The 1980 film The Changeling follows a music composer who moves into a haunted mansion and uncovers a horrific crime at the center of the paranormal activity. But that chilling tale has its basis in fact, and the true story of the house that inspired The Changeling is even creepier than the movie. When you look at the facts surrounding the haunting of Russell Hunter, though, you're bound to have some questions. Hunter said he moved into a supposedly haunted mansion in Denver, Colorado, and by all accounts a lot of weird stuff happened there. But did he really live through a haunting that would go on to inspire a horror movie?
The story of The Changeling is all the more fascinating because there’s not a clear answer about what happened to Russell Hunter. The area where he lived is still rumored to be haunted, and even if some of his claims are extraordinary, there are stories and facts to back them up. This real-life version of a fictional event is incredibly strange, but did Russell Hunter barely survive his ghost-infested house, or did he just spin a great yarn?
Prior to having his life turned upside down by a ghost, Russell Hunter was a playwright and songwriter who mostly worked as a musical arranger for CBS TV. In the mid-'60s he moved from New York City to Colorado to help his parents manage the Three Birches Lodge in Boulder. But after a couple of years his artistic itch came back, and he went in search of his own home where he could write music.
Hunter must have thought he found the perfect place to shut out the world when he stumbled upon the Henry Treat Rogers Mansion in Cheesman Park, Denver, CO. The rent for the massive house at 1739 East 13th Avenue was only $200 at the time. Hunter later said that this was “because no one else wanted to live there.”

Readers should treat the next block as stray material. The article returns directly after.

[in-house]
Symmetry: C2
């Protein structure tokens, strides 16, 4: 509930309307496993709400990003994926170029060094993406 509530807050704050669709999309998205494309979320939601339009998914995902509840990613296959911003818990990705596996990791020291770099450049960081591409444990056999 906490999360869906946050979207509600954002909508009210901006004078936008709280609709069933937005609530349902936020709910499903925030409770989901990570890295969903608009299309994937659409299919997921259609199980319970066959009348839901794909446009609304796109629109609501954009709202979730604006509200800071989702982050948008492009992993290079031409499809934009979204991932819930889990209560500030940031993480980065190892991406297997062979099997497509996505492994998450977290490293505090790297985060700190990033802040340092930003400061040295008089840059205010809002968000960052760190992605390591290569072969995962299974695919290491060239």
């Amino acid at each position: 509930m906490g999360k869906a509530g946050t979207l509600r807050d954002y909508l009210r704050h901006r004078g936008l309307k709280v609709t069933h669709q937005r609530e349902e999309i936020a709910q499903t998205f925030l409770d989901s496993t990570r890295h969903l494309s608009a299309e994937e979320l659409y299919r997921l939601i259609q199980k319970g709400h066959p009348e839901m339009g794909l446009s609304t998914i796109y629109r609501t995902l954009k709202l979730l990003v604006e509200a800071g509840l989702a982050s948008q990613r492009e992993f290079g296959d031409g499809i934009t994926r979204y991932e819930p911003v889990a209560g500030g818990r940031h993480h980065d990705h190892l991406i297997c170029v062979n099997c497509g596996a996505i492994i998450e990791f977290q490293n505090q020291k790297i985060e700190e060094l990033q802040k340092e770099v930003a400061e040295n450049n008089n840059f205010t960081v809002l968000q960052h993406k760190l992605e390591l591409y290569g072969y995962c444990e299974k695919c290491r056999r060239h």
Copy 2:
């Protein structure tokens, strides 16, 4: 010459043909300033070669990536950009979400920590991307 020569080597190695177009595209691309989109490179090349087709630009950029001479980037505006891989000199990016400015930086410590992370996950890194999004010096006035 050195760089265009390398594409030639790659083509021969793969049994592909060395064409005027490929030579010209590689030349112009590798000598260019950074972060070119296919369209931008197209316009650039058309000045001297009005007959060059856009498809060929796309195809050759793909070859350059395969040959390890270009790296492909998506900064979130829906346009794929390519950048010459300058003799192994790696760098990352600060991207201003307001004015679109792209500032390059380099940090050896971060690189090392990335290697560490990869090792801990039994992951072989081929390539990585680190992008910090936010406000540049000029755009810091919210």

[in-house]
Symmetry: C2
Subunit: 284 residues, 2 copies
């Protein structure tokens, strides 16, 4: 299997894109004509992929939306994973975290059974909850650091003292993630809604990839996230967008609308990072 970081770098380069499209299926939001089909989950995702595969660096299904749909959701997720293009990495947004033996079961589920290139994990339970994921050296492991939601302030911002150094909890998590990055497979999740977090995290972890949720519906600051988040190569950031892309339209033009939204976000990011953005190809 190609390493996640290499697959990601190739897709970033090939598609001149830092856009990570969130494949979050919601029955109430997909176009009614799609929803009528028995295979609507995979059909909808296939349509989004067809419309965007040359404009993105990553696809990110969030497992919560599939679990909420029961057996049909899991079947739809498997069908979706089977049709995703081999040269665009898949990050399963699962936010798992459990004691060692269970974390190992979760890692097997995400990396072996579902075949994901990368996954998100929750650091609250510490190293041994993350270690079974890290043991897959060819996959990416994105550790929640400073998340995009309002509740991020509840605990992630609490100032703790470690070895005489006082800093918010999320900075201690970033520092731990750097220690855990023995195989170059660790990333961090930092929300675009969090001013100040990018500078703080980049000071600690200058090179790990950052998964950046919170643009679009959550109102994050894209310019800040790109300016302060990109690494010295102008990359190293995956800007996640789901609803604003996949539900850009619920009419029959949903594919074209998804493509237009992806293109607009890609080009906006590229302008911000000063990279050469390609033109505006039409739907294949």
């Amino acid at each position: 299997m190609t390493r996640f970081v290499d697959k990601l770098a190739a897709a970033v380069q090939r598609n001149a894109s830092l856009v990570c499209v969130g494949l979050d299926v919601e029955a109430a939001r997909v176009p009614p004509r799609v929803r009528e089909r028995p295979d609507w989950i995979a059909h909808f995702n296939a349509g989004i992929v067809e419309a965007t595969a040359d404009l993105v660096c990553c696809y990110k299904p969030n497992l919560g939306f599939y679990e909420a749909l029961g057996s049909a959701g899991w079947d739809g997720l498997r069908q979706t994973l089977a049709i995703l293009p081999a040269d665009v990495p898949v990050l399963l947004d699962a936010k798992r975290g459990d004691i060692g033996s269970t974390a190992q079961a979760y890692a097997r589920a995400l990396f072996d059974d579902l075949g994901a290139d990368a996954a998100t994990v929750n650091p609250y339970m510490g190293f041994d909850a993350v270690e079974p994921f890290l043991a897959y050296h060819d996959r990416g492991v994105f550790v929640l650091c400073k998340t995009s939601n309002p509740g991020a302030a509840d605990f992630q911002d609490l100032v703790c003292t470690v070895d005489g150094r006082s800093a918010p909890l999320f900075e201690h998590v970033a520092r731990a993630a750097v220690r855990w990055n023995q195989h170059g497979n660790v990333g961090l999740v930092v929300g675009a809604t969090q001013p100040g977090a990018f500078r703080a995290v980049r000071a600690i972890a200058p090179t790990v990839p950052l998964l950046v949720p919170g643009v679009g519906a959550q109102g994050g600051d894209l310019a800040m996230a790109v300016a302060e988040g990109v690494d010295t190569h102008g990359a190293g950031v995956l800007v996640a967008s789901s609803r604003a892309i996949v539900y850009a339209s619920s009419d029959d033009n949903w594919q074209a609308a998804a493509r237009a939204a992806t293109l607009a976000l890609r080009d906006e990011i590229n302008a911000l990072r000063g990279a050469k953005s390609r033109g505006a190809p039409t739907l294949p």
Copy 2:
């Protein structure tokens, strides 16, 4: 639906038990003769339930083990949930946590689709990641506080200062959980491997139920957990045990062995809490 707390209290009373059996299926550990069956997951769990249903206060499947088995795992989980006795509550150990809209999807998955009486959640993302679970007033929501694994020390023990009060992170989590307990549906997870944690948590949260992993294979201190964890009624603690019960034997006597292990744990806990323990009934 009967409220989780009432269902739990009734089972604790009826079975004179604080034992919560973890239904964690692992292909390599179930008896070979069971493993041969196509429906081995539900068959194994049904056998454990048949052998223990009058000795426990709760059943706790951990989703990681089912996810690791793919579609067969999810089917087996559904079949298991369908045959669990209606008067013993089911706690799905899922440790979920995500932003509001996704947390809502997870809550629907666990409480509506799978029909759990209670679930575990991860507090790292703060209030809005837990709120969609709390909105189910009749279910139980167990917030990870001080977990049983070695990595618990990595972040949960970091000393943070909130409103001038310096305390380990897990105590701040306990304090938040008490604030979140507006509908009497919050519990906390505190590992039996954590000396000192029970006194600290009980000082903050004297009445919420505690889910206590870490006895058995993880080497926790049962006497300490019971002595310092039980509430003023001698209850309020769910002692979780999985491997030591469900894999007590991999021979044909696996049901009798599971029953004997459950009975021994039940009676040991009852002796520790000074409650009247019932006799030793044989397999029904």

The Henry Treat Rogers mansion sat in Cheesman Park in central Denver. The area was originally home to Prospect Hill Cemetery, founded in 1858. But in 1872, the government decided the cemetery was built on federal land. Denver bought the plot back from the US government shortly thereafter, and a plan was put together to turn the area into a park.
Families were given 90 days to move their loved ones from their burial sites. After that, when construction began in 1893, workers removed any remaining bodies in an incredibly gruesome way. In order to save money, the construction workers dug up the graves, hacked the bodies into as many as three pieces, and loaded them into child-sized caskets. Anything that decomposed past the point of identification was tossed, and the graves were ravaged for personal effects.
Understandably, stories soon began circulating that Cheesman Park was haunted. Visitors complained of cold spots and uneasiness, and began finding orbs in their photos. Human remains are still being unearthed in the park.
Life got spooky for Russell Hunter on February 9, 1969. That’s the first day he claimed he felt like he wasn’t alone in the house. The haunting began with noises: Hunter heard strange sounds, faucets turning on, and an “unbelievable banging and crashing” that would happen every morning at 6 AM. Hunter said the noises would suddenly stop the moment he walked downstairs.
Strangest of all, the walls would vibrate. The shaking got so intense that Hunter's paintings would fall off the walls.
Russell Hunter decided to start looking around his house for the source of the haunting. He and an “architect friend” soon discovered a hidden staircase in the back of a closet. The staircase took them to the third floor, where they found a trunk that contained “a nine-year-old’s schoolbooks and journal from a century ago.”
According to the journal, everything in the trunk belonged to a disabled boy who wasn’t allowed to leave the house. The boy wrote about his favorite toy in the entire world, a red rubber ball. Hunter said that a few nights after he found the trunk, that same ball bounced down his spiral staircase.